Social Interaction
Due to their difficulties in social communication most people with autism find social interactions challenging and may choose to shy away from interacting with others or may interact with others but their interactions may be odd or inappropriate. Autistic people often have difficulty ‘reading’ other people – recognising or understanding others’ feelings and intentions – and expressing their own emotions. This can make it very hard for them to navigate the social world. Many people with autism struggle to understand that other people have different thoughts feelings and intentions than themselves and they don’t have “theory of mind” that is the ability to see things from another person’s perspective. As getting along successfully with others depends upon empathy and understanding how others feel it is no wonder that people with autism struggle in their daily interactions, for example autistic people will often say what they see and may say hurtful comments to another person without realising that they have hurt their feelings. Another feature of autism is often an intense and highly focused interest in something and this can dominate a person’s thoughts and conversation and they will talk “at” a person rather than with them and it is all about their special interest. Special interests can often be bizarre such as church bells, vacuum cleaners, bus timetables etc.

Flexible thinking and imagination
In our day to day lives we have to be flexible on many occasions and compromise with others in order to get along successfully with other people and the world, for example if our train is 10 minutes late we can cope with this and get on with our day or if our friend doesn’t want to watch the same film as you at the cinema you can discuss it and reach a compromise as to what to do. However, people with autism often struggle to be flexible and they have a very rigid inflexible style of thinking which leads to frequent difficulties in getting along in our unpredictable world. Many can be very reliant on routine and sameness and small changes to this routine can have a very negative effect on them and may lead to a melt-down. Unexpected changes to their routine may send them into a tail spin and they will try to cling on to this routine and sameness in order to feel safe and secure which frequently means they are at odds with the world, which by nature is an unpredictable place. The use of rules can also be important. It may be difficult for an autistic person to take a different approach to something once they have been taught the ‘right’ way to do it.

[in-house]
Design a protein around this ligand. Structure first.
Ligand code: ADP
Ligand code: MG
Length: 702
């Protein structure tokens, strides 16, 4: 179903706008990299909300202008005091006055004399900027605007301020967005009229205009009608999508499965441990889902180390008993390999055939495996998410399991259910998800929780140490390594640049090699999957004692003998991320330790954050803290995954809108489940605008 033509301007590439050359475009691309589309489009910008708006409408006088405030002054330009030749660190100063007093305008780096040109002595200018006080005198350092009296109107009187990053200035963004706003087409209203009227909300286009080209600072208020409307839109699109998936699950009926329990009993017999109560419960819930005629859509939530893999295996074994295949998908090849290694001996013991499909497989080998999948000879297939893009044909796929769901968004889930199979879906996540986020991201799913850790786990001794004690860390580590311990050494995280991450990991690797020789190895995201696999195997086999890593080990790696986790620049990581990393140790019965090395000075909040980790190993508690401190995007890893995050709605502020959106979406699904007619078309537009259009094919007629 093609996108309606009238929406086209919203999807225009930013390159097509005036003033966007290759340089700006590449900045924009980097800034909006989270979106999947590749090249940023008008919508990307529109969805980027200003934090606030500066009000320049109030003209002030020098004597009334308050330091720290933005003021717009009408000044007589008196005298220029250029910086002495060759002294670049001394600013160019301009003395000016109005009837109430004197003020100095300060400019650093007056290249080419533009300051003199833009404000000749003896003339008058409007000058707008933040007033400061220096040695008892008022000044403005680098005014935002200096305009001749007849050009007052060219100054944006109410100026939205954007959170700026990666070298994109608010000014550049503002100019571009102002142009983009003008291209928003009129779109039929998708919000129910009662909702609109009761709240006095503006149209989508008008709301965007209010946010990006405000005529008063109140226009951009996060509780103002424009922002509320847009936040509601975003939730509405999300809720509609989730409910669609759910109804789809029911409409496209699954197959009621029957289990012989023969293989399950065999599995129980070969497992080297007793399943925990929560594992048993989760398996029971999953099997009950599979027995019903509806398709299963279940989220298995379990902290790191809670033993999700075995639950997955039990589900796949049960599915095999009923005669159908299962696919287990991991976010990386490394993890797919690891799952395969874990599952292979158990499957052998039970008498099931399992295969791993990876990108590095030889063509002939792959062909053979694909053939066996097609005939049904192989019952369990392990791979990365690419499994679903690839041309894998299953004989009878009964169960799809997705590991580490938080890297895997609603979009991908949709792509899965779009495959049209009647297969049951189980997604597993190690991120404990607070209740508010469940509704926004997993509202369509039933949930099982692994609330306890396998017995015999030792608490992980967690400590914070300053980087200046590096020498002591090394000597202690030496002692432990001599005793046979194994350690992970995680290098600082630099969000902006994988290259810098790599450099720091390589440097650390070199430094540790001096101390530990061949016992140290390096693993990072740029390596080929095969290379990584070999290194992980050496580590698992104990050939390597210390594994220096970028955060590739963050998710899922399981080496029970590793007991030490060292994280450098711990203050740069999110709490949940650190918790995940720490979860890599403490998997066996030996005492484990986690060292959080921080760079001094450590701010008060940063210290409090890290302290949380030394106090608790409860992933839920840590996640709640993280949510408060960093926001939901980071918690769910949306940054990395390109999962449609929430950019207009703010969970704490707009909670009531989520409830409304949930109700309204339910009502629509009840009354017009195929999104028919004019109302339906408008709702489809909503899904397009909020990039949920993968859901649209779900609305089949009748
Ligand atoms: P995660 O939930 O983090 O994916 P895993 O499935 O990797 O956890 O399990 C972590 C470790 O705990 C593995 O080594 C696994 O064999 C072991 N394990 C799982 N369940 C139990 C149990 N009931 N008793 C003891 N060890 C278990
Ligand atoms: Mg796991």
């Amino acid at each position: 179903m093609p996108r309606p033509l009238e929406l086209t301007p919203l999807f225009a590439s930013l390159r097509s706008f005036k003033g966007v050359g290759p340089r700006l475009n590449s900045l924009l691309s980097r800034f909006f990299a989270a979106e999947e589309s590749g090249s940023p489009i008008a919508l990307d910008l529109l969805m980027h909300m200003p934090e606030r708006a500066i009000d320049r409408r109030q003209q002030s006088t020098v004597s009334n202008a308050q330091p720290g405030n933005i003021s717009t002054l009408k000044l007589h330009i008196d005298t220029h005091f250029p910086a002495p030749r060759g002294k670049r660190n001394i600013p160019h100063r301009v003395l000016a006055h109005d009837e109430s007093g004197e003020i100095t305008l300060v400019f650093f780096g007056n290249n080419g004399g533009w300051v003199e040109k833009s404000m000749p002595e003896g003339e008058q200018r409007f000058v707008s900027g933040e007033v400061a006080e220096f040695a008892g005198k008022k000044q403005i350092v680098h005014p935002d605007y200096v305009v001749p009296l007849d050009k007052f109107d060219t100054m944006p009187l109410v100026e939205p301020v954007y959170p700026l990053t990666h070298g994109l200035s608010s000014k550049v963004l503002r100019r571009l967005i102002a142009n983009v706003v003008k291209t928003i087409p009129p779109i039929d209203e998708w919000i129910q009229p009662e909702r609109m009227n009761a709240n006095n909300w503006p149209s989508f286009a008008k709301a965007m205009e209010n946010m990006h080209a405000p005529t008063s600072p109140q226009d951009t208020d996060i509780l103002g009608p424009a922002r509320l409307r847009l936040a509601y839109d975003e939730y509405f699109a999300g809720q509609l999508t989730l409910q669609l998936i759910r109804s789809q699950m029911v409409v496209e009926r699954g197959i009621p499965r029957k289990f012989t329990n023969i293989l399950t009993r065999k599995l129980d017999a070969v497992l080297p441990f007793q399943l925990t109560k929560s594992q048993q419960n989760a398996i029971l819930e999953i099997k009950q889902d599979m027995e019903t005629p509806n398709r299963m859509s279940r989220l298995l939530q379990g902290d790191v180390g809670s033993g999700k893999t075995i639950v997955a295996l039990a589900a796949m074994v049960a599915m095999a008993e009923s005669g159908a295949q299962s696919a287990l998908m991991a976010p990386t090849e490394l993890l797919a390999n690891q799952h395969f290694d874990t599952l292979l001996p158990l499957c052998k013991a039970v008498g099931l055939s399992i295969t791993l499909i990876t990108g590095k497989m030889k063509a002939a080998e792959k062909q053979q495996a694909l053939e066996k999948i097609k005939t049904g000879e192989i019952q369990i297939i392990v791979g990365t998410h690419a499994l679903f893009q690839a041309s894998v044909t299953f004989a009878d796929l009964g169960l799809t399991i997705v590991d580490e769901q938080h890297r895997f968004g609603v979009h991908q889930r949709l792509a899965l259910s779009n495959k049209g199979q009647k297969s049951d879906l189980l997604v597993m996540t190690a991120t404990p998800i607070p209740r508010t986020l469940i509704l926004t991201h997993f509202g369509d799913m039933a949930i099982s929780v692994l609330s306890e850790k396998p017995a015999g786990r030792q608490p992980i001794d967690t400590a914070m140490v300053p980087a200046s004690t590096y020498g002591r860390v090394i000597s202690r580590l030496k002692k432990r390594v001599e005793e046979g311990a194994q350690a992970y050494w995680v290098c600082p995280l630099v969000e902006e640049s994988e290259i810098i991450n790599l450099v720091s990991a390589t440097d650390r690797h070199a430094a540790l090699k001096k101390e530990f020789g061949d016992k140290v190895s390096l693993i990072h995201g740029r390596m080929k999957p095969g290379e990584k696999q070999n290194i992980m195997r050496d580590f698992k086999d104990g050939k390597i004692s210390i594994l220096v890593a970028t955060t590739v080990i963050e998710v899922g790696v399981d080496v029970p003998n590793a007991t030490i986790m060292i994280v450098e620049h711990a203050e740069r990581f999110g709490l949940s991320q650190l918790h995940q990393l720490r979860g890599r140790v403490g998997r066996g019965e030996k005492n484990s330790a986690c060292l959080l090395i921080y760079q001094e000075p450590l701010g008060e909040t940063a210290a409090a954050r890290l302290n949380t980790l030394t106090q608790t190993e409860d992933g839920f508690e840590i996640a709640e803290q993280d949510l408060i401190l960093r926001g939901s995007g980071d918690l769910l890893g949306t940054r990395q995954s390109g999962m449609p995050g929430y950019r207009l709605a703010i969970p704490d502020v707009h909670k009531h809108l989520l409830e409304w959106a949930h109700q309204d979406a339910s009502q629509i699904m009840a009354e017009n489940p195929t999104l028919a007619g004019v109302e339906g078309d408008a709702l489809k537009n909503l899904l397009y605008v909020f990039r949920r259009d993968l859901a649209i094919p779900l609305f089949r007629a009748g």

Sensory processing disorder
Many autistic people may also experience over- or under-sensitivity to sounds, touch, tastes, smells, light, colours, temperatures or pain. For example, they may find certain background sounds, which other people ignore or block out, unbearably loud or distracting. This can cause anxiety or even physical pain. Or they may be fascinated by lights or spinning objects. Busy loud environments like a shopping centre or busy street can be overwhelming for the child/person with autism and they can experience sensory overload which will lead to a melt-down. Some children/people may be extremely touch sensitive and will become distressed if they are touched by another person or even certain items of clothing/labels etc. Equally if someone is under sensitive to sensory stimuli they will display sensory seeking behaviours where they may throw themselves into furniture or the floor just to be able to feel some sensations. Having sensory sensitivities is very common in autism.

Autistic people are all individuals and there is a famous saying “If you’ve met one person with autism you’ve met one person with autism” therefore people with autism all present in different ways and will have the above features in different measures or severity. What is important is to realise is that autism is just a different way of seeing, experiencing and interpreting the world and is in no way in inferior to neuro typical ways of thinking, it is just different that is all and different people will need different levels of support to help them cope with day to day living and to thrive and find their place in the world.

Written by Heather Jones